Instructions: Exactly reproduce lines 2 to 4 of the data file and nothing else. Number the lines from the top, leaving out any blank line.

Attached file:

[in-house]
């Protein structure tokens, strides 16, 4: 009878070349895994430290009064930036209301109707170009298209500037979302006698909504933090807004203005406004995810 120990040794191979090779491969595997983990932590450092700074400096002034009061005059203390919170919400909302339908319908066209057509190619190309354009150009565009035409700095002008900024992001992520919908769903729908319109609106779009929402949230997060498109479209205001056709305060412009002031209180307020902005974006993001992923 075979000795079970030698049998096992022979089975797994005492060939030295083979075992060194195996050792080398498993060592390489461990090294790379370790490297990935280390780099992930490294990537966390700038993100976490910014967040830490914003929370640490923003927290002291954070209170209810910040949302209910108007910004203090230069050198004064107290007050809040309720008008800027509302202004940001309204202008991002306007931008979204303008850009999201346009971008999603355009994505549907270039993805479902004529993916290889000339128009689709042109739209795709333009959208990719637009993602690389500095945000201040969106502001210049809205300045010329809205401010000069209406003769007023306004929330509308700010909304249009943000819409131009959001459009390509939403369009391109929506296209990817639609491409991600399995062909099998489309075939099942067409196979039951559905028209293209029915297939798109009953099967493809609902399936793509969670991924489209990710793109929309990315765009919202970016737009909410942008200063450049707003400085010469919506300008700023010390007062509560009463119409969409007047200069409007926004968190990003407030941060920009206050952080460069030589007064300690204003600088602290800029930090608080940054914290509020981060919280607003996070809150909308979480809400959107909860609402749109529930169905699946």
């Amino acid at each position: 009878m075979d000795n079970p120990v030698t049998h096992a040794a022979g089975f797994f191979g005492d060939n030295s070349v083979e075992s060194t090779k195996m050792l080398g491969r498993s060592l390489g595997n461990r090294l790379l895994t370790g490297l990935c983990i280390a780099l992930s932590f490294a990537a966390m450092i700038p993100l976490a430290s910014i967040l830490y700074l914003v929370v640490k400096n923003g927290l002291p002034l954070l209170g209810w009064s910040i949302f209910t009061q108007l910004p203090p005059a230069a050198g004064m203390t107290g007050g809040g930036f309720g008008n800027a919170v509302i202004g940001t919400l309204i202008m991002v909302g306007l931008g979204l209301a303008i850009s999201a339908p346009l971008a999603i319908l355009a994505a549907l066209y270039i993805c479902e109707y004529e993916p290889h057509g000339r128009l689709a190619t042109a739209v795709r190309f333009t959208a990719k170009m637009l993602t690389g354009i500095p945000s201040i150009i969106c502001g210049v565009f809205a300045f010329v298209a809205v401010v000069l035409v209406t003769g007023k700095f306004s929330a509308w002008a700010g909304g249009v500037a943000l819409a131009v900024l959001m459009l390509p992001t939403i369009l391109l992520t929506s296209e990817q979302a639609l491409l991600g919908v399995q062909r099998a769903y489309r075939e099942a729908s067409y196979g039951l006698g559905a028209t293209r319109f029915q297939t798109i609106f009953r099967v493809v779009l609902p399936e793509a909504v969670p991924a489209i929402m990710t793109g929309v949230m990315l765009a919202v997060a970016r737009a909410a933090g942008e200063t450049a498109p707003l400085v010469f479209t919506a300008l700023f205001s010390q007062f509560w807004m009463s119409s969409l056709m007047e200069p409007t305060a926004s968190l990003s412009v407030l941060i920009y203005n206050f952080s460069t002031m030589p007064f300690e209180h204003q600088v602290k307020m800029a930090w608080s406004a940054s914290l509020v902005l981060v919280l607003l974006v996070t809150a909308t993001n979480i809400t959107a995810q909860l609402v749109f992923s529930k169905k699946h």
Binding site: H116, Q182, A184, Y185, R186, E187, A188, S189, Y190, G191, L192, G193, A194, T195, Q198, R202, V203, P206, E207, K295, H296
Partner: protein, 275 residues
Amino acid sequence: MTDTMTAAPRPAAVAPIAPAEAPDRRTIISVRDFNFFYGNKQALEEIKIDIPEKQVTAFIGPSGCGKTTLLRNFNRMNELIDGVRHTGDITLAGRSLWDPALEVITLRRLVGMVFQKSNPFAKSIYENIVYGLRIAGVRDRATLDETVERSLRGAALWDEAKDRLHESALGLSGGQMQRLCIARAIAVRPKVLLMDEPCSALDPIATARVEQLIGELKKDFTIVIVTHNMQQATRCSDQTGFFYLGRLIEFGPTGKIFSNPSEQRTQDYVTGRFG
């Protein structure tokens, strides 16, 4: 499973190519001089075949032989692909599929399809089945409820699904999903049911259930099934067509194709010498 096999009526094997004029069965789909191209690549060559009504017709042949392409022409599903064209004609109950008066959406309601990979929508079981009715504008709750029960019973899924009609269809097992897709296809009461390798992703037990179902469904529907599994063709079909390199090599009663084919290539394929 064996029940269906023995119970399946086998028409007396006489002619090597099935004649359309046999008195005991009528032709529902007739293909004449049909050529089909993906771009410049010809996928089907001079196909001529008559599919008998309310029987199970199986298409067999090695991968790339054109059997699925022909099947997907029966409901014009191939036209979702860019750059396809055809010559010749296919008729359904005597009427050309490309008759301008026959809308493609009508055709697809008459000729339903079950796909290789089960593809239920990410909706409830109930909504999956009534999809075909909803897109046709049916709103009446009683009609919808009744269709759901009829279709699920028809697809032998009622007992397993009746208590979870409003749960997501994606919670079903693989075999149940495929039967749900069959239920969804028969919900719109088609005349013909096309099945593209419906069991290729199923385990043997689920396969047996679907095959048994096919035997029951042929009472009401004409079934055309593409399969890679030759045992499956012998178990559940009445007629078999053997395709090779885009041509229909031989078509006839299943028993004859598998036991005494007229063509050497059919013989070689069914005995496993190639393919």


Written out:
């Protein structure tokens, strides 16, 4: 009878070349895994430290009064930036209301109707170009298209500037979302006698909504933090807004203005406004995810 120990040794191979090779491969595997983990932590450092700074400096002034009061005059203390919170919400909302339908319908066209057509190619190309354009150009565009035409700095002008900024992001992520919908769903729908319109609106779009929402949230997060498109479209205001056709305060412009002031209180307020902005974006993001992923 075979000795079970030698049998096992022979089975797994005492060939030295083979075992060194195996050792080398498993060592390489461990090294790379370790490297990935280390780099992930490294990537966390700038993100976490910014967040830490914003929370640490923003927290002291954070209170209810910040949302209910108007910004203090230069050198004064107290007050809040309720008008800027509302202004940001309204202008991002306007931008979204303008850009999201346009971008999603355009994505549907270039993805479902004529993916290889000339128009689709042109739209795709333009959208990719637009993602690389500095945000201040969106502001210049809205300045010329809205401010000069209406003769007023306004929330509308700010909304249009943000819409131009959001459009390509939403369009391109929506296209990817639609491409991600399995062909099998489309075939099942067409196979039951559905028209293209029915297939798109009953099967493809609902399936793509969670991924489209990710793109929309990315765009919202970016737009909410942008200063450049707003400085010469919506300008700023010390007062509560009463119409969409007047200069409007926004968190990003407030941060920009206050952080460069030589007064300690204003600088602290800029930090608080940054914290509020981060919280607003996070809150909308979480809400959107909860609402749109529930169905699946």
């Amino acid at each position: 009878m075979d000795n079970p120990v030698t049998h096992a040794a022979g089975f797994f191979g005492d060939n030295s070349v083979e075992s060194t090779k195996m050792l080398g491969r498993s060592l390489g595997n461990r090294l790379l895994t370790g490297l990935c983990i280390a780099l992930s932590f490294a990537a966390m450092i700038p993100l976490a430290s910014i967040l830490y700074l914003v929370v640490k400096n923003g927290l002291p002034l954070l209170g209810w009064s910040i949302f209910t009061q108007l910004p203090p005059a230069a050198g004064m203390t107290g007050g809040g930036f309720g008008n800027a919170v509302i202004g940001t919400l309204i202008m991002v909302g306007l931008g979204l209301a303008i850009s999201a339908p346009l971008a999603i319908l355009a994505a549907l066209y270039i993805c479902e109707y004529e993916p290889h057509g000339r128009l689709a190619t042109a739209v795709r190309f333009t959208a990719k170009m637009l993602t690389g354009i500095p945000s201040i150009i969106c502001g210049v565009f809205a300045f010329v298209a809205v401010v000069l035409v209406t003769g007023k700095f306004s929330a509308w002008a700010g909304g249009v500037a943000l819409a131009v900024l959001m459009l390509p992001t939403i369009l391109l992520t929506s296209e990817q979302a639609l491409l991600g919908v399995q062909r099998a769903y489309r075939e099942a729908s067409y196979g039951l006698g559905a028209t293209r319109f029915q297939t798109i609106f009953r099967v493809v779009l609902p399936e793509a909504v969670p991924a489209i929402m990710t793109g929309v949230m990315l765009a919202v997060a970016r737009a909410a933090g942008e200063t450049a498109p707003l400085v010469f479209t919506a300008l700023f205001s010390q007062f509560w807004m009463s119409s969409l056709m007047e200069p409007t305060a926004s968190l990003s412009v407030l941060i920009y203005n206050f952080s460069t002031m030589p007064f300690e209180h204003q600088v602290k307020m800029a930090w608080s406004a940054s914290l509020v902005l981060v919280l607003l974006v996070t809150a909308t993001n979480i809400t959107a995810q909860l609402v749109f992923s529930k169905k699946h």
Binding site: H116, Q182, A184, Y185, R186, E187, A188, S189, Y190, G191, L192, G193, A194, T195, Q198, R202, V203, P206, E207, K295, H296